Putin, sic semper tyrannis

The Western goal should be to remove Russia’s leader

Andrew Thompson

Many people, particularly value-minded, principled people, loath opportunists. To them, opportunists are malleable, unstable, and hypocritical. Yet, sometimes the pragmatic, self-interested lens opportunism provides proves critical in overcoming challenges.  

The West needs to take an opportunistic approach towards the Russo-Ukrainian war. That is not to say the suffering of the Ukrainian people should be treated as something good. The poignant videos of dead bodies, bloodied hospital patients, and crying children shown to Congress during Ukrainian President Volodymyr Zelensky’s address is enough to dispel any such notion.  

Rather, the sacrifices made by the noble Ukrainian people to defend and sustain shared democratic values must be honored. So that their exertions are not wasted, so that liberal democracy is defended not just in Ukraine but around the world, the cold calculations of the opportunist need to be made.  

As ruthlessly editorialized by The Economist, Russian President Vladimir Putin committed a gross error by invading Ukraine. He made a mistake which the West must exploit to the fullest extent.    

The opportunity accorded is as follows: Mr. Putin’s actions provide an opening for free countries to act offensively in the new cold war. As Churchillian as another ideological struggle might sound, the reality is that liberal democracies are now pitted against an autocratic order aligned along the axis of Russia and China. The situation in Ukraine gives freedom loving nations the chance to land a devastating blow to illiberalism and dictate the terms of the conflict moving forward.    

Several years ago, I heard the founder of the geopolitical consulting firm Eurasia Group, Ian Bremmer, describe the balance of power in the world. There are three main actors, he explained: the U.S., China, and Russia. The U.S. is the sole superpower. China is seeking hegemonic influence in East-Asia and to displace the U.S. from the region. Russia, as Bremmer characterized, is much like a wounded animal, a shadow of its former self, antagonistic, and willing to strike unpredictably. He said bluntly that Russia seeks to make trouble.  

For his part, President Putin claimed in a recent speech that the Americans and NATO aim to “destroy Russia.” He is adamant that America in particular wants to subjugate the Russian people and trample their way of life. Such is not their aim, and Western countries must carefully make clear that their qualm is not with Russia’s people.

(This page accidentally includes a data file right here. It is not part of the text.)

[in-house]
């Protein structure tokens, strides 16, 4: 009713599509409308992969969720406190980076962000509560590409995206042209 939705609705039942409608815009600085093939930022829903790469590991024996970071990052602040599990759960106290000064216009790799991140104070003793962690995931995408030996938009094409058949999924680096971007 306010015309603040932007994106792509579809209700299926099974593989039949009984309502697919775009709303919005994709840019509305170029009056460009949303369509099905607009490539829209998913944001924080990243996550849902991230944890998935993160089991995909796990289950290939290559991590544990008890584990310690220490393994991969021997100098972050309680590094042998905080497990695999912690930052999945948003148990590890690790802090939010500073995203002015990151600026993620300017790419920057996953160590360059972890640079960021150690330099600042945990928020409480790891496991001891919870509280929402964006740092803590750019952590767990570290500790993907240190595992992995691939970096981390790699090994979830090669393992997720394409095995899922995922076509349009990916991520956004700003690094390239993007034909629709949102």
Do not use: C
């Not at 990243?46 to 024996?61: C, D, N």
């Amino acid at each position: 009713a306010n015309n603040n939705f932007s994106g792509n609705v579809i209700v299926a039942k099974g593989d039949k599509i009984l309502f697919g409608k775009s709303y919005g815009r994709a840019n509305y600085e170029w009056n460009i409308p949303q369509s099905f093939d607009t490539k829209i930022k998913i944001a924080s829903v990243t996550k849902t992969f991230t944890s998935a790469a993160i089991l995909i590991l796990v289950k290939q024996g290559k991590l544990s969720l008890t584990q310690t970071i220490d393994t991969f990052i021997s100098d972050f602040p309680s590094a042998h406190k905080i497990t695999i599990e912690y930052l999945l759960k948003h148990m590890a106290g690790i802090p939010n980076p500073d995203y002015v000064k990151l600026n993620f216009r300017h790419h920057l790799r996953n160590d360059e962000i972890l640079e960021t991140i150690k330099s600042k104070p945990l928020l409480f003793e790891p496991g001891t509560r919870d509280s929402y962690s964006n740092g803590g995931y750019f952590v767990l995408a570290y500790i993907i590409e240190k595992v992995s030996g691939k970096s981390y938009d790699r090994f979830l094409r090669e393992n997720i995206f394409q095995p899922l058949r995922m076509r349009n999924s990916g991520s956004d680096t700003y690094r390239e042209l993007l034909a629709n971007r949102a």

But their goal should—must—be to destroy Mr. Putin and his regime. The often discussed “off ramp” cannot be offered.  

Eliminating Russia as a bad actor would be a major victory for the West that would also set back China’s sinister world vision. Conveniently, Mr. Putin has provided liberal democracies the pretext needed to use offensive measures, tools that can be employed to ultimately destroy his regime. The free world can impose further crushing sanctions and can greatly sap Russia’s strength and resolve by ensuring that Zelensky’s government can continue to fight.  

The danger here is that President Putin will feel backed into a corner and lash out even more violently, perhaps using nuclear weapons. However, values are worthless unless they are defended. If the twenty-first century is to be defined by democracy rather than authoritarianism—as some trends hint—now is the time to act.  

 Moreover, one of the chief criticisms Russia and China lodge—and this too is evident from Putin’s rhetoric—against the West and the liberal world order is that they are decadent, weak, and lazy. Having the guts to stand up for freedom disproves their point. Standing up, giving a tyrant his due is not just a political victory but a moral one.  

My argument is thus that the U.S. and the West at large need to be aggressive from here on out, whether in dealing with Putin or Chinese president Xi Jinping. No, not reckless—Senator Lindsey Graham openly calling for the assassination of Mr. Putin was foolish. The Western governments cannot overtly state that they want to topple Putin from power, but that is the goal towards which they must act.    

President Biden himself has been too cautious in his approach, even though the actions he has taken so far have been unprecedented in scope. Indeed, admonishing the administration for not going far enough is an easy complaint to make. But a bipartisan group of voices, a coalition across the press, is calling for more to be done.  

Among other things, better air defenses such as the Russian made S-300 missile systems stationed in Eastern European countries can be given to the Ukrainians. Some measures cannot be taken publicly. The Polish MiG-29 fighter jets, for instance, will likely need to be transferred to Ukraine covertly. 

No matter how, more can be done, and more must be done. The chance to remove a delusional dictator from power is too good to pass up.